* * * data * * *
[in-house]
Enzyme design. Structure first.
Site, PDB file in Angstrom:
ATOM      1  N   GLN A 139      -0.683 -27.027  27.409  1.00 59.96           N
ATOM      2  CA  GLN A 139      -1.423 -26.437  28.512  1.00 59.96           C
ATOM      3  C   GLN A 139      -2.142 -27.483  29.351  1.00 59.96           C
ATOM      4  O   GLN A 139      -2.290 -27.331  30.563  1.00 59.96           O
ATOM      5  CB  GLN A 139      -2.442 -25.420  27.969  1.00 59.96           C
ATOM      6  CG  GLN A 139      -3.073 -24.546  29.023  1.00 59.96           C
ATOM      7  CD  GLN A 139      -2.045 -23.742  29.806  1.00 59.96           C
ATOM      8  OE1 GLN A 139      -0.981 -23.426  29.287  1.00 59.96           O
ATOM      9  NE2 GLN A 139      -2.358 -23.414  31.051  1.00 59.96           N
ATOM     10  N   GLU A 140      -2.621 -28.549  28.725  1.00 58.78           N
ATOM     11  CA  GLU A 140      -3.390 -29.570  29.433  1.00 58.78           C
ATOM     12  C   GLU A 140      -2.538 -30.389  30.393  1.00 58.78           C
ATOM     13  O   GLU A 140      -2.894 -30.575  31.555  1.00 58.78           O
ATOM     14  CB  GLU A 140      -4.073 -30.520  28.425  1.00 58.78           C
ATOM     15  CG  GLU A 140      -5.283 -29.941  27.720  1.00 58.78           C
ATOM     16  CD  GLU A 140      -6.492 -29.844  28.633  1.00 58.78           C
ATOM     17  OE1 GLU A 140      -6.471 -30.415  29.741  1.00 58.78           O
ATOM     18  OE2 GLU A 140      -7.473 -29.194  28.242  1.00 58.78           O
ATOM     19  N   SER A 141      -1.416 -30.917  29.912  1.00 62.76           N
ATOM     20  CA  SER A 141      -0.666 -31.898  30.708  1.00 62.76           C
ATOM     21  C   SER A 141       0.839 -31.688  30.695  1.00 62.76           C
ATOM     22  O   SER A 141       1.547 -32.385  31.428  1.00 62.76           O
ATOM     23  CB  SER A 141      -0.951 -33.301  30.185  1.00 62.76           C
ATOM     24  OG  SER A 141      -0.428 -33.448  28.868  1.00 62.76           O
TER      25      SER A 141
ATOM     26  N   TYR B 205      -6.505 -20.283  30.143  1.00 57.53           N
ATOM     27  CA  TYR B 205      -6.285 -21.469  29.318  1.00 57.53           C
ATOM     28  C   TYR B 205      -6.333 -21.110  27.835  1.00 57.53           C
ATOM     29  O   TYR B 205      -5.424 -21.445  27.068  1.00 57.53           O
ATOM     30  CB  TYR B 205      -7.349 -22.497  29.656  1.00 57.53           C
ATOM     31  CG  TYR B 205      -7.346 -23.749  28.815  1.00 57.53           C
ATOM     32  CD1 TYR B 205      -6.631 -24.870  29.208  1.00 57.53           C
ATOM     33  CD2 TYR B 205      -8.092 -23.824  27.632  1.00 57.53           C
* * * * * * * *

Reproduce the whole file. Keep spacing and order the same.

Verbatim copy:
[in-house]
Enzyme design. Structure first.
Site, PDB file in Angstrom:
ATOM      1  N   GLN A 139      -0.683 -27.027  27.409  1.00 59.96           N
ATOM      2  CA  GLN A 139      -1.423 -26.437  28.512  1.00 59.96           C
ATOM      3  C   GLN A 139      -2.142 -27.483  29.351  1.00 59.96           C
ATOM      4  O   GLN A 139      -2.290 -27.331  30.563  1.00 59.96           O
ATOM      5  CB  GLN A 139      -2.442 -25.420  27.969  1.00 59.96           C
ATOM      6  CG  GLN A 139      -3.073 -24.546  29.023  1.00 59.96           C
ATOM      7  CD  GLN A 139      -2.045 -23.742  29.806  1.00 59.96           C
ATOM      8  OE1 GLN A 139      -0.981 -23.426  29.287  1.00 59.96           O
ATOM      9  NE2 GLN A 139      -2.358 -23.414  31.051  1.00 59.96           N
ATOM     10  N   GLU A 140      -2.621 -28.549  28.725  1.00 58.78           N
ATOM     11  CA  GLU A 140      -3.390 -29.570  29.433  1.00 58.78           C
ATOM     12  C   GLU A 140      -2.538 -30.389  30.393  1.00 58.78           C
ATOM     13  O   GLU A 140      -2.894 -30.575  31.555  1.00 58.78           O
ATOM     14  CB  GLU A 140      -4.073 -30.520  28.425  1.00 58.78           C
ATOM     15  CG  GLU A 140      -5.283 -29.941  27.720  1.00 58.78           C
ATOM     16  CD  GLU A 140      -6.492 -29.844  28.633  1.00 58.78           C
ATOM     17  OE1 GLU A 140      -6.471 -30.415  29.741  1.00 58.78           O
ATOM     18  OE2 GLU A 140      -7.473 -29.194  28.242  1.00 58.78           O
ATOM     19  N   SER A 141      -1.416 -30.917  29.912  1.00 62.76           N
ATOM     20  CA  SER A 141      -0.666 -31.898  30.708  1.00 62.76           C
ATOM     21  C   SER A 141       0.839 -31.688  30.695  1.00 62.76           C
ATOM     22  O   SER A 141       1.547 -32.385  31.428  1.00 62.76           O
ATOM     23  CB  SER A 141      -0.951 -33.301  30.185  1.00 62.76           C
ATOM     24  OG  SER A 141      -0.428 -33.448  28.868  1.00 62.76           O
TER      25      SER A 141
ATOM     26  N   TYR B 205      -6.505 -20.283  30.143  1.00 57.53           N
ATOM     27  CA  TYR B 205      -6.285 -21.469  29.318  1.00 57.53           C
ATOM     28  C   TYR B 205      -6.333 -21.110  27.835  1.00 57.53           C
ATOM     29  O   TYR B 205      -5.424 -21.445  27.068  1.00 57.53           O
ATOM     30  CB  TYR B 205      -7.349 -22.497  29.656  1.00 57.53           C
ATOM     31  CG  TYR B 205      -7.346 -23.749  28.815  1.00 57.53           C
ATOM     32  CD1 TYR B 205      -6.631 -24.870  29.208  1.00 57.53           C
ATOM     33  CD2 TYR B 205      -8.092 -23.824  27.632  1.00 57.53           C